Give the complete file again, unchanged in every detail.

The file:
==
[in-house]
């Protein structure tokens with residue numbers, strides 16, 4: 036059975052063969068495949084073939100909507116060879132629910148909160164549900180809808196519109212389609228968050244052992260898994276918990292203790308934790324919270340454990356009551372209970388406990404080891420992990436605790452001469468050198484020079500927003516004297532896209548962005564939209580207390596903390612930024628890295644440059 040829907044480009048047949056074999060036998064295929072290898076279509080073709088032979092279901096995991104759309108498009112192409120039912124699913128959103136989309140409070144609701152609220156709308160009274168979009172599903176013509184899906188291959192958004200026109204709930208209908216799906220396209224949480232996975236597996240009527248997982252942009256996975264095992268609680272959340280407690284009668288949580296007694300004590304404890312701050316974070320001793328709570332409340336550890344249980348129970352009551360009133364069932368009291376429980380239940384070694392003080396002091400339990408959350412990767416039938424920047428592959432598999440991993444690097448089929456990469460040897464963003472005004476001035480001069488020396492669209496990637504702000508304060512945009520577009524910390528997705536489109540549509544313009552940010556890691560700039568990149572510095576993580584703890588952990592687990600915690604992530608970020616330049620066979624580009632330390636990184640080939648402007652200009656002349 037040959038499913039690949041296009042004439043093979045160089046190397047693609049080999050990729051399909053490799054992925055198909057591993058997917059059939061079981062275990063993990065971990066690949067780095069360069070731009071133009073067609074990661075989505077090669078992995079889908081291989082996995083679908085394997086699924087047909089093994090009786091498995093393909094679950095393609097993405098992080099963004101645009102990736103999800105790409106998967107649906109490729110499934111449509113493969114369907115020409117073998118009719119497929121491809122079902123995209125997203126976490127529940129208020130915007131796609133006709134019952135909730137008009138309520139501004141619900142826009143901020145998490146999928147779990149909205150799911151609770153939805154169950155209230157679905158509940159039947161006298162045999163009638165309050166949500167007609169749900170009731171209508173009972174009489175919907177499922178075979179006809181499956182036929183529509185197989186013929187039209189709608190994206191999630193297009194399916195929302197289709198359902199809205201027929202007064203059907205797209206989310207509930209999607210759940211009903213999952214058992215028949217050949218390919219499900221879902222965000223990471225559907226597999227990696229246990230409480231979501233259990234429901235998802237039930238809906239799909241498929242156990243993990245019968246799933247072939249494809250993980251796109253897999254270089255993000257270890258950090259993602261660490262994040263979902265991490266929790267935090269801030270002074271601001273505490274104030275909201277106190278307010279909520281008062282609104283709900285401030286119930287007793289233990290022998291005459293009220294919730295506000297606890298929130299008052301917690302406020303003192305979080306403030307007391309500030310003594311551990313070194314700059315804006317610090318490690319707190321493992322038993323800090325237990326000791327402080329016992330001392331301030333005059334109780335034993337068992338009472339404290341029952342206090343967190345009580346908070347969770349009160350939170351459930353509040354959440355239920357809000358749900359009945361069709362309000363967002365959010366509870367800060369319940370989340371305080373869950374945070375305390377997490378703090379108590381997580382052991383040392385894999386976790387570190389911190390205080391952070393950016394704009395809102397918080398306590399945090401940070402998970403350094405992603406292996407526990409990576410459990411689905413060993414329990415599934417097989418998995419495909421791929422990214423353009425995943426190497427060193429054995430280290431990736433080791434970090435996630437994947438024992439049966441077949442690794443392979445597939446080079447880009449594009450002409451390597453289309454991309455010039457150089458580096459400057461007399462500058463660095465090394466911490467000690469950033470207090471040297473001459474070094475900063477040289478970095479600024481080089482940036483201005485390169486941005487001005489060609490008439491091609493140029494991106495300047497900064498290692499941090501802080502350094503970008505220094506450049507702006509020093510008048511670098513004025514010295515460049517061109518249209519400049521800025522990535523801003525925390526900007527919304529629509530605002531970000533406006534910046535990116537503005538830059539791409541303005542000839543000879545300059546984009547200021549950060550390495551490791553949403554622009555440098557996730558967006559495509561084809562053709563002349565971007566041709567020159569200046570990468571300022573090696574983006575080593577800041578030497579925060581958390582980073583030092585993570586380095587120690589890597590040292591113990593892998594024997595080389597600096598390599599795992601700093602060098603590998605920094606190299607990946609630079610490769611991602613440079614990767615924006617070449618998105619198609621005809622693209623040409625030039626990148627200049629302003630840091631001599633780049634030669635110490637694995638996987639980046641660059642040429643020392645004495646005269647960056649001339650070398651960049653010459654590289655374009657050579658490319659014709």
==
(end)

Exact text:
[in-house]
């Protein structure tokens with residue numbers, strides 16, 4: 036059975052063969068495949084073939100909507116060879132629910148909160164549900180809808196519109212389609228968050244052992260898994276918990292203790308934790324919270340454990356009551372209970388406990404080891420992990436605790452001469468050198484020079500927003516004297532896209548962005564939209580207390596903390612930024628890295644440059 040829907044480009048047949056074999060036998064295929072290898076279509080073709088032979092279901096995991104759309108498009112192409120039912124699913128959103136989309140409070144609701152609220156709308160009274168979009172599903176013509184899906188291959192958004200026109204709930208209908216799906220396209224949480232996975236597996240009527248997982252942009256996975264095992268609680272959340280407690284009668288949580296007694300004590304404890312701050316974070320001793328709570332409340336550890344249980348129970352009551360009133364069932368009291376429980380239940384070694392003080396002091400339990408959350412990767416039938424920047428592959432598999440991993444690097448089929456990469460040897464963003472005004476001035480001069488020396492669209496990637504702000508304060512945009520577009524910390528997705536489109540549509544313009552940010556890691560700039568990149572510095576993580584703890588952990592687990600915690604992530608970020616330049620066979624580009632330390636990184640080939648402007652200009656002349 037040959038499913039690949041296009042004439043093979045160089046190397047693609049080999050990729051399909053490799054992925055198909057591993058997917059059939061079981062275990063993990065971990066690949067780095069360069070731009071133009073067609074990661075989505077090669078992995079889908081291989082996995083679908085394997086699924087047909089093994090009786091498995093393909094679950095393609097993405098992080099963004101645009102990736103999800105790409106998967107649906109490729110499934111449509113493969114369907115020409117073998118009719119497929121491809122079902123995209125997203126976490127529940129208020130915007131796609133006709134019952135909730137008009138309520139501004141619900142826009143901020145998490146999928147779990149909205150799911151609770153939805154169950155209230157679905158509940159039947161006298162045999163009638165309050166949500167007609169749900170009731171209508173009972174009489175919907177499922178075979179006809181499956182036929183529509185197989186013929187039209189709608190994206191999630193297009194399916195929302197289709198359902199809205201027929202007064203059907205797209206989310207509930209999607210759940211009903213999952214058992215028949217050949218390919219499900221879902222965000223990471225559907226597999227990696229246990230409480231979501233259990234429901235998802237039930238809906239799909241498929242156990243993990245019968246799933247072939249494809250993980251796109253897999254270089255993000257270890258950090259993602261660490262994040263979902265991490266929790267935090269801030270002074271601001273505490274104030275909201277106190278307010279909520281008062282609104283709900285401030286119930287007793289233990290022998291005459293009220294919730295506000297606890298929130299008052301917690302406020303003192305979080306403030307007391309500030310003594311551990313070194314700059315804006317610090318490690319707190321493992322038993323800090325237990326000791327402080329016992330001392331301030333005059334109780335034993337068992338009472339404290341029952342206090343967190345009580346908070347969770349009160350939170351459930353509040354959440355239920357809000358749900359009945361069709362309000363967002365959010366509870367800060369319940370989340371305080373869950374945070375305390377997490378703090379108590381997580382052991383040392385894999386976790387570190389911190390205080391952070393950016394704009395809102397918080398306590399945090401940070402998970403350094405992603406292996407526990409990576410459990411689905413060993414329990415599934417097989418998995419495909421791929422990214423353009425995943426190497427060193429054995430280290431990736433080791434970090435996630437994947438024992439049966441077949442690794443392979445597939446080079447880009449594009450002409451390597453289309454991309455010039457150089458580096459400057461007399462500058463660095465090394466911490467000690469950033470207090471040297473001459474070094475900063477040289478970095479600024481080089482940036483201005485390169486941005487001005489060609490008439491091609493140029494991106495300047497900064498290692499941090501802080502350094503970008505220094506450049507702006509020093510008048511670098513004025514010295515460049517061109518249209519400049521800025522990535523801003525925390526900007527919304529629509530605002531970000533406006534910046535990116537503005538830059539791409541303005542000839543000879545300059546984009547200021549950060550390495551490791553949403554622009555440098557996730558967006559495509561084809562053709563002349565971007566041709567020159569200046570990468571300022573090696574983006575080593577800041578030497579925060581958390582980073583030092585993570586380095587120690589890597590040292591113990593892998594024997595080389597600096598390599599795992601700093602060098603590998605920094606190299607990946609630079610490769611991602613440079614990767615924006617070449618998105619198609621005809622693209623040409625030039626990148627200049629302003630840091631001599633780049634030669635110490637694995638996987639980046641660059642040429643020392645004495646005269647960056649001339650070398651960049653010459654590289655374009657050579658490319659014709």